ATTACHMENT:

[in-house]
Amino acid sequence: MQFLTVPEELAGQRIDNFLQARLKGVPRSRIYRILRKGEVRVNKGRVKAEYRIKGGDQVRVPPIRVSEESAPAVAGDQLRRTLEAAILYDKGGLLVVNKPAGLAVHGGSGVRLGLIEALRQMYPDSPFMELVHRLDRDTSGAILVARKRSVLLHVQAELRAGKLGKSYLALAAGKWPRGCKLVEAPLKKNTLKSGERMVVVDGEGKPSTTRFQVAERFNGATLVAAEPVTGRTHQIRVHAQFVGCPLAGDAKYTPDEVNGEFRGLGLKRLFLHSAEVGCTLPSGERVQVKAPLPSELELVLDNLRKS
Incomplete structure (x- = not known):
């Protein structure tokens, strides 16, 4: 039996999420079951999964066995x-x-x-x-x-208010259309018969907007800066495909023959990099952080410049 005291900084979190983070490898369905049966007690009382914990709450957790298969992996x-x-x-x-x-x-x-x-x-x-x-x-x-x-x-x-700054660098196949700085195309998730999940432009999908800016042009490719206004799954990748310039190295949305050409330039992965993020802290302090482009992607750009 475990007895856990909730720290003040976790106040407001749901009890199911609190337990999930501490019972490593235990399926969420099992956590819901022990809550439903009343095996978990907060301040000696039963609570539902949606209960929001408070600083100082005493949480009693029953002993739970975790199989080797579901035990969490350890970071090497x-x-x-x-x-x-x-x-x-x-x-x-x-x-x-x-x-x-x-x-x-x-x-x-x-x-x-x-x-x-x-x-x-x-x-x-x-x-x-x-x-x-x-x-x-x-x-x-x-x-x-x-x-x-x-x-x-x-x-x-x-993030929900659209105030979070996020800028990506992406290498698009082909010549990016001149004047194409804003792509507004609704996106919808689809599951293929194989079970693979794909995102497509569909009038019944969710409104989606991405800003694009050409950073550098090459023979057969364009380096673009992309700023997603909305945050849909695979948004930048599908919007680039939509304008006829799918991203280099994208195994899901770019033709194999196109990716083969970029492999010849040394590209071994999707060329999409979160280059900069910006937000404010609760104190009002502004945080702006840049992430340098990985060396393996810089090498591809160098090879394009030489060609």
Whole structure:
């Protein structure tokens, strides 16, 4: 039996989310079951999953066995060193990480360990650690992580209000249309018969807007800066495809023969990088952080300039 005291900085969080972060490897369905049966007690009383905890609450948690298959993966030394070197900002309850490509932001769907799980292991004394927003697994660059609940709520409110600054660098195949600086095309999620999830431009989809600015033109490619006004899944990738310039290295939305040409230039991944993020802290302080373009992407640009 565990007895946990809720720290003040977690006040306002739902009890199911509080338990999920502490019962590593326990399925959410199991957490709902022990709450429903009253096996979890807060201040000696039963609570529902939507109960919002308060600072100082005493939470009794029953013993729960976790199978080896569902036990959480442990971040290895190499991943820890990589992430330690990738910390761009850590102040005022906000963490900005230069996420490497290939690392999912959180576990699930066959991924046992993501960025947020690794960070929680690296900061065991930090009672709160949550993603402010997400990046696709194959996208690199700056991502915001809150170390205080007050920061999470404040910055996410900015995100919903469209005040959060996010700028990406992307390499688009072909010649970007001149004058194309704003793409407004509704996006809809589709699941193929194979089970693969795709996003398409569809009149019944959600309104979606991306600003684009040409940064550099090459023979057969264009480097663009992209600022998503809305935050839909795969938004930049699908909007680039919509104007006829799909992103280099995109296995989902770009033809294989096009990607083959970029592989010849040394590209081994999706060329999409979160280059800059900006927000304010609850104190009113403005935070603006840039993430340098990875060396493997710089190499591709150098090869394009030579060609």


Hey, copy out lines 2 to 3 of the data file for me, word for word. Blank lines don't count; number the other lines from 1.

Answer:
Amino acid sequence: MQFLTVPEELAGQRIDNFLQARLKGVPRSRIYRILRKGEVRVNKGRVKAEYRIKGGDQVRVPPIRVSEESAPAVAGDQLRRTLEAAILYDKGGLLVVNKPAGLAVHGGSGVRLGLIEALRQMYPDSPFMELVHRLDRDTSGAILVARKRSVLLHVQAELRAGKLGKSYLALAAGKWPRGCKLVEAPLKKNTLKSGERMVVVDGEGKPSTTRFQVAERFNGATLVAAEPVTGRTHQIRVHAQFVGCPLAGDAKYTPDEVNGEFRGLGLKRLFLHSAEVGCTLPSGERVQVKAPLPSELELVLDNLRKS
Incomplete structure (x- = not known):